Conroy Thompson is not only known for his title of 2018 TSEA National Champion, he is a personable, humble, vivacious, well dressed Montego Bay resident. As the Training Manager at the luxurious Half Moon Hotel, Thompson’s position might be a dream job for upcoming tourism professionals and seasoned ones as well, but it wasn’t without hard work, faith and a passion that he wouldn’t allow to die that allowed him to see his dreams become reality.
Born and raised in Cooper’s Pen, Trelawny, Thompson was one of seven children, and as he journeyed through life, he maintained his strong belief in learning and allowing his faith to guide him through some of his most difficult moments.
He had so much to say, here are a few of his own words that we hope will inspire you to never give up on your dreams.
When and how did you get involved in tourism?
Growing up, I wanted to become a teacher. With no money to sustain myself in College, I got a job as a night auditor/Front Office agent back in 1998 at a small property in the district of Cooper’s Penn called FDR Pebbles. I guess I can say life has come full circle because I now teach every day at work as well as I facilitate lectures for Montego Bay Community College in their Tourism and Hospitality program as well as an adjunct lecturer with Northern Caribbean University.
You were crowned the 2018 TSEA Individual Champion, what was your first reaction when you heard you won?
What did you family/ friends/ colleagues think? My first reaction was one of shock…it was truly humbling. Everyone was truly happy for me; many said they weren’t surprised at all because of the work that I have been putting in over the years in the industry.
What do customers value most about the service you provide?
They value my genuine sense of interest in everything brand Jamaica. It is my passion that sees me adding value in every way I can so that they can enjoy what is the best of Jamaica.
What or who do you look to for inspiration?
For me I draw inspiration from my faith. Knowing that I was placed here on this earth to serve others first, I do not take my existence for granted. That passion for mentorship and people development fuels my purpose every single day.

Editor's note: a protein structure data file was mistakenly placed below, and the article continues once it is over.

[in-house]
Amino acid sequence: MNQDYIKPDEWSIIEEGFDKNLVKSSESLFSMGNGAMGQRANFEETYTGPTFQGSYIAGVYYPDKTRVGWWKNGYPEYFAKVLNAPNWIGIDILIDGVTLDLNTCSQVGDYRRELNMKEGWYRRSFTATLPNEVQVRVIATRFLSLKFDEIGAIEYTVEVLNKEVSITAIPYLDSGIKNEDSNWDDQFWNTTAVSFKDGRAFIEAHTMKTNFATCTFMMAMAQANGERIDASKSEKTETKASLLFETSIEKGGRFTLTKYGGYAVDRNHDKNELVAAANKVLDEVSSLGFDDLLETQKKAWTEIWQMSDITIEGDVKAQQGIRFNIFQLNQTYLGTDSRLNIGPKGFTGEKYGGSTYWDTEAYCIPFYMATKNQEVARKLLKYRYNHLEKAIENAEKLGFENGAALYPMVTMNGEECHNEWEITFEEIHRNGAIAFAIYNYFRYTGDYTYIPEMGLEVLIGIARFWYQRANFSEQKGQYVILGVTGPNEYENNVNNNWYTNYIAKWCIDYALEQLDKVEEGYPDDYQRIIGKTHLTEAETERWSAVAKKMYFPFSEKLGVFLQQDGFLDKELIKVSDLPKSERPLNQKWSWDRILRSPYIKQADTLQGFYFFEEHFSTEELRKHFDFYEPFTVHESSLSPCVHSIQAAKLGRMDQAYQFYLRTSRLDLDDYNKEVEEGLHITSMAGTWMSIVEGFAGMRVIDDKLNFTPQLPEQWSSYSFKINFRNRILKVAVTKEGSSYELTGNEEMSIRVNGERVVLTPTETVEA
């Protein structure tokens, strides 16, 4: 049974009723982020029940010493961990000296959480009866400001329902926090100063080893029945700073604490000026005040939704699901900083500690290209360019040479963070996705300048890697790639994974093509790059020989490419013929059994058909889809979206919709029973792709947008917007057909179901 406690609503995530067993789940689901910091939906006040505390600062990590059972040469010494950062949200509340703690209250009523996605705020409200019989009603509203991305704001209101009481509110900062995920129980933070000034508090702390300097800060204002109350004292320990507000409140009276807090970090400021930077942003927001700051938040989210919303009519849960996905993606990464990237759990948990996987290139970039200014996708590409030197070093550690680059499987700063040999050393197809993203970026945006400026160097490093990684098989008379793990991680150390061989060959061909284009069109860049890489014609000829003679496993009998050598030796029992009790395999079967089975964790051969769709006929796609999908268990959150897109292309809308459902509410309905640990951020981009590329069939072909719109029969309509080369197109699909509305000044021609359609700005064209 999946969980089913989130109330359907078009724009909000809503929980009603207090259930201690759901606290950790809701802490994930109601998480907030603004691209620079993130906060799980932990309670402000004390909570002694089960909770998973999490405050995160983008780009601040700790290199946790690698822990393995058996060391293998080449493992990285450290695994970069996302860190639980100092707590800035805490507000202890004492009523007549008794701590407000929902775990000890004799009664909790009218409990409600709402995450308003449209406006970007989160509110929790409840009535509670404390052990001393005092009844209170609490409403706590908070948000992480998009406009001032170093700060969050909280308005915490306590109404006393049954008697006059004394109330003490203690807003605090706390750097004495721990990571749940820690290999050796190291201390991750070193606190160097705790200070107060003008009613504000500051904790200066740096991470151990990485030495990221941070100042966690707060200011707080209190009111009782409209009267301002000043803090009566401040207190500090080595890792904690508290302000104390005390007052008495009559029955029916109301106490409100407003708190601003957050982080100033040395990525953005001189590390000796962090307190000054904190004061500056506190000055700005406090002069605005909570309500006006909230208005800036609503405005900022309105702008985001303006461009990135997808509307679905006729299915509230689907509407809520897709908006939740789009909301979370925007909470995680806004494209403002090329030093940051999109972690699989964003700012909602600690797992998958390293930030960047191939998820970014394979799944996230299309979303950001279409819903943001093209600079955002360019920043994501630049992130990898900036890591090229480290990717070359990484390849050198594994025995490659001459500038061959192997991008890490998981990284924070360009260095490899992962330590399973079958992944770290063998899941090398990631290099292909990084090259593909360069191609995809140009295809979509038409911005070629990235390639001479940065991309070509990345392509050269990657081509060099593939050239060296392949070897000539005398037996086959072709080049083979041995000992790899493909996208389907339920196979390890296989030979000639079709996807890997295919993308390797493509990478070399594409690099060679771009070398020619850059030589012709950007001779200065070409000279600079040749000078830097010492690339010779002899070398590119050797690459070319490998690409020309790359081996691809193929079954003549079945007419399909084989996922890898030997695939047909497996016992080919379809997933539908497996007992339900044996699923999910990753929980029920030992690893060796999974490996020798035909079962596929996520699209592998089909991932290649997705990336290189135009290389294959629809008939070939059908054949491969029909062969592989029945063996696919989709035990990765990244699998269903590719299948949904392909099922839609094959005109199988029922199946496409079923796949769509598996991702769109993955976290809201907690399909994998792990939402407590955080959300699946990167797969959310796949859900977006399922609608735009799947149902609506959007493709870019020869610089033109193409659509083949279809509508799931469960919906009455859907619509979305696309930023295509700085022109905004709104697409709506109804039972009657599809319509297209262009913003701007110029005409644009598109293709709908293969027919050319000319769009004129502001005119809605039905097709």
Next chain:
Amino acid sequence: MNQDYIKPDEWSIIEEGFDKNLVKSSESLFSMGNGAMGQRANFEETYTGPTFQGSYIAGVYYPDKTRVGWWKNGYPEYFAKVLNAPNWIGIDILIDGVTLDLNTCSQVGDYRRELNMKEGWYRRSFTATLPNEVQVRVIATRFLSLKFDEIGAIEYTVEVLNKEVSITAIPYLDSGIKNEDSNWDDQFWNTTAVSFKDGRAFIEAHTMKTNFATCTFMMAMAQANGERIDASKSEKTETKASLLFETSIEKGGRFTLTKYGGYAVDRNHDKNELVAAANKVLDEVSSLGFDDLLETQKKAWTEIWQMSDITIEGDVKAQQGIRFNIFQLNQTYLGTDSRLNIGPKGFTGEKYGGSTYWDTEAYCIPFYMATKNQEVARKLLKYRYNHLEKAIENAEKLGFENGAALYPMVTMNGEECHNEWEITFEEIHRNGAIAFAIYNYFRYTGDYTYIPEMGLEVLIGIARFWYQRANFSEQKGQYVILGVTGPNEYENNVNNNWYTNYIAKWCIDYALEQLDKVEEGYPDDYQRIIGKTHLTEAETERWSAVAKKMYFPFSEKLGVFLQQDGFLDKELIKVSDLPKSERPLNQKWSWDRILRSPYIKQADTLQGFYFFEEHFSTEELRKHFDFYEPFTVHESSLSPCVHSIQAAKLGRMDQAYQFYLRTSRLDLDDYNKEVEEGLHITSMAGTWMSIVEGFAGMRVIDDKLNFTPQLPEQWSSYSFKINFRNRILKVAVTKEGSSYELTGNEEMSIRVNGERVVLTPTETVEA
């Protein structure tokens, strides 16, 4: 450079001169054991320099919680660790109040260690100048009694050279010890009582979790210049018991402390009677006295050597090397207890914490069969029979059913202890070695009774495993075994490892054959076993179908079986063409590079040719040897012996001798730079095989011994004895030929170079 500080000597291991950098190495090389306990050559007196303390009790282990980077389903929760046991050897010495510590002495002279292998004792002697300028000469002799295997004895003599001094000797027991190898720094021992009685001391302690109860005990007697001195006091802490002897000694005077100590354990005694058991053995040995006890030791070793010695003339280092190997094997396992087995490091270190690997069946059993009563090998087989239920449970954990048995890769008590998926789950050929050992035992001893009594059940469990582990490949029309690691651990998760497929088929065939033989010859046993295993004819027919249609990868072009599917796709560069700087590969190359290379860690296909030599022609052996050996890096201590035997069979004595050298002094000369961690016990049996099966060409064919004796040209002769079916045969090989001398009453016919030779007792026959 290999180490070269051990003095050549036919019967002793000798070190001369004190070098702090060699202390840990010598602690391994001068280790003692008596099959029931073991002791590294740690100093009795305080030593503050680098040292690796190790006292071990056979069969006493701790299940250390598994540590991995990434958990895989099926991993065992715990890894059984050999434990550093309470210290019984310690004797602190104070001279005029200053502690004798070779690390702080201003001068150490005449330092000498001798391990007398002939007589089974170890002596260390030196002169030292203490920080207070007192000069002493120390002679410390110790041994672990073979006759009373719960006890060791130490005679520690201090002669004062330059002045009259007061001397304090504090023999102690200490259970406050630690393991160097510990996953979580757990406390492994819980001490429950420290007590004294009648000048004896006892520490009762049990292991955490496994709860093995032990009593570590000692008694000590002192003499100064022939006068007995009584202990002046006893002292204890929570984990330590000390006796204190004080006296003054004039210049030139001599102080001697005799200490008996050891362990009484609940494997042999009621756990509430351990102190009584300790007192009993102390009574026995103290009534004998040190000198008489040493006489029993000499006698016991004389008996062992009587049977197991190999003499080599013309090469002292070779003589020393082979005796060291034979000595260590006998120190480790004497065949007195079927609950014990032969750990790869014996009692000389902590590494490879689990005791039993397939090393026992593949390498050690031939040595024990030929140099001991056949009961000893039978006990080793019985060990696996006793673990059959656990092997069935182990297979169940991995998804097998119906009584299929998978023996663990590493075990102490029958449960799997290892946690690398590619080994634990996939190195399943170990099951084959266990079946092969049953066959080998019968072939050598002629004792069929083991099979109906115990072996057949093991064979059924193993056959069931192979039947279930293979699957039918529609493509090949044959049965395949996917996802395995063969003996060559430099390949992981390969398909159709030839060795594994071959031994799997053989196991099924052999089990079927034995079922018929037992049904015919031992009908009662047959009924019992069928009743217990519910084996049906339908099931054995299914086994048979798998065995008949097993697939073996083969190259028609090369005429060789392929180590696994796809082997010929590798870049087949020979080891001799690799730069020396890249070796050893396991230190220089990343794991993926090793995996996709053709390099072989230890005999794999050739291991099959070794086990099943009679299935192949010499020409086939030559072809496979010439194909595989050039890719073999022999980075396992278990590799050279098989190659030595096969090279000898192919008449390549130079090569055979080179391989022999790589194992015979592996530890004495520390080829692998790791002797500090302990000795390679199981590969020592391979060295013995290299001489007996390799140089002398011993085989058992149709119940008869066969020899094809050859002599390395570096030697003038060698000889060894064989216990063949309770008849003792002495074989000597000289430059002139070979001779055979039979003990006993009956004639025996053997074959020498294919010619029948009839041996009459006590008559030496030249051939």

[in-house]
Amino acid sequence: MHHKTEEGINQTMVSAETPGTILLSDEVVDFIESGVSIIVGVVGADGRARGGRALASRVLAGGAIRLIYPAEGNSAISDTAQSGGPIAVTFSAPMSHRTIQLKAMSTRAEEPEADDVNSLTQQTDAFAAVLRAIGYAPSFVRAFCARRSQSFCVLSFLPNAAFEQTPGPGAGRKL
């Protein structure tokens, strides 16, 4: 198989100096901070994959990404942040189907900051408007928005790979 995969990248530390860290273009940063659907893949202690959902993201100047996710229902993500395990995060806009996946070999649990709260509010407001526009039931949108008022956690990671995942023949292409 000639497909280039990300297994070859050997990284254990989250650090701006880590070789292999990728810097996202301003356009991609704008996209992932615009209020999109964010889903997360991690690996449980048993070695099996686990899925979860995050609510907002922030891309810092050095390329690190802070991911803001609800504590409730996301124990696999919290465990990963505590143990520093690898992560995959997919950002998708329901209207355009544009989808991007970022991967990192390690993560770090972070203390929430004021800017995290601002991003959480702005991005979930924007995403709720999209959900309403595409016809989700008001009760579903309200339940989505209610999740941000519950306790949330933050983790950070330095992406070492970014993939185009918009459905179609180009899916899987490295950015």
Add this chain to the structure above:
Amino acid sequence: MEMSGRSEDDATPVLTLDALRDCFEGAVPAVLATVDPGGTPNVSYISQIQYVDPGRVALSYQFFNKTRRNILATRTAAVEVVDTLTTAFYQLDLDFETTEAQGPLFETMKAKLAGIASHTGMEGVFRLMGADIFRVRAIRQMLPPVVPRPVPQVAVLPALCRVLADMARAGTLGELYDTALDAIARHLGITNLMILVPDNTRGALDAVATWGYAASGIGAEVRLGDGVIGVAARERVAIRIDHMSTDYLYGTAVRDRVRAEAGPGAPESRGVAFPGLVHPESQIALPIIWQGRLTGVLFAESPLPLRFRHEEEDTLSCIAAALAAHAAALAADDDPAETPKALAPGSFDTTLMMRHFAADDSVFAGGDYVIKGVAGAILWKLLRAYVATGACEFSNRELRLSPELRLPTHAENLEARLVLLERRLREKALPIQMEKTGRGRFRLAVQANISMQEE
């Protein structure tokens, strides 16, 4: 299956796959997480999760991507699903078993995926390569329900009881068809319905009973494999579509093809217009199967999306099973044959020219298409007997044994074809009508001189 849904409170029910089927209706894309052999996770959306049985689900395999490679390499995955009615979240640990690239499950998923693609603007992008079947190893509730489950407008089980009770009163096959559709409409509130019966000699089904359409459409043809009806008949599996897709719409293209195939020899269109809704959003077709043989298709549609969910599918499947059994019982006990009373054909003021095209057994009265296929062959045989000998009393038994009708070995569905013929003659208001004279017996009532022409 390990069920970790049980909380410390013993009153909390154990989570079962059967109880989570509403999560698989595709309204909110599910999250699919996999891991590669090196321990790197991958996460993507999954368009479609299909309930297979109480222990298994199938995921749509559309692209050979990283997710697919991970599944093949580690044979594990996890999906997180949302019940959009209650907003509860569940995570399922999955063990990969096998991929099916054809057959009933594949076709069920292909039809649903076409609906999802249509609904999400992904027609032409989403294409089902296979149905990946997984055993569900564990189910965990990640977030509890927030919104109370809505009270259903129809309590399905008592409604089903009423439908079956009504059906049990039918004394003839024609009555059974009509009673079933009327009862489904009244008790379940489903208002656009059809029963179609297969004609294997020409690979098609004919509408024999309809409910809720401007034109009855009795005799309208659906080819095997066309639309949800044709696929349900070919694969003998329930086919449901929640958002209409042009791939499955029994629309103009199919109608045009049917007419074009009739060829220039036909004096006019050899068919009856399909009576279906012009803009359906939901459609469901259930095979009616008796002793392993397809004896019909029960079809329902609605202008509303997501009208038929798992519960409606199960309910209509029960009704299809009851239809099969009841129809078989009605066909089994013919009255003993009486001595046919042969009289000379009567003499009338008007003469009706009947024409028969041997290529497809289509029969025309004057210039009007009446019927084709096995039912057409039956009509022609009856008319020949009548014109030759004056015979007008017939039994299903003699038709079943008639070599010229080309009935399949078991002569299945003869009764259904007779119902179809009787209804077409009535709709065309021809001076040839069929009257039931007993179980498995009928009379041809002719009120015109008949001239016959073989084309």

For aspiring / current tourism professionals, what advice would you like to leave?
My biggest advice to anyone coming or in this very important sector is to operate in integrity and allow excellence to be your standard every single time. Excellence should underscore every task – great or small and you will have no choice but to BECOME excellent service.
What do you think is the significance of TSEA for Jamaica’s tourism sector?
Currently TSEA is significant because it is a tangible way to showcase the best of the best on the island and reward the hard work and commitment accordingly. This will no doubt inspire others to step up to the plate and function in the tourism landscape at a very high level. I must say though, that the TSEA would even be more significant if the winner is utilized in an ambassadorial role (even past winners) to inspire others. We all have a story to tell, and if someone can be inspired by mine, that is one life that is touched and possibly transformed. Tourism is vital to our island, and sustainability is important, so we should be used to share with persons from time to time on a national scale about what we do and why we were chosen as the national champion
Finally, what is your key to success?
Consistently delivering excellence, with the deep understanding that as an effective leader I must know how to serve first. This key has helped me also be the current JHTA Manager of the Year (another title I graciously wear with pride).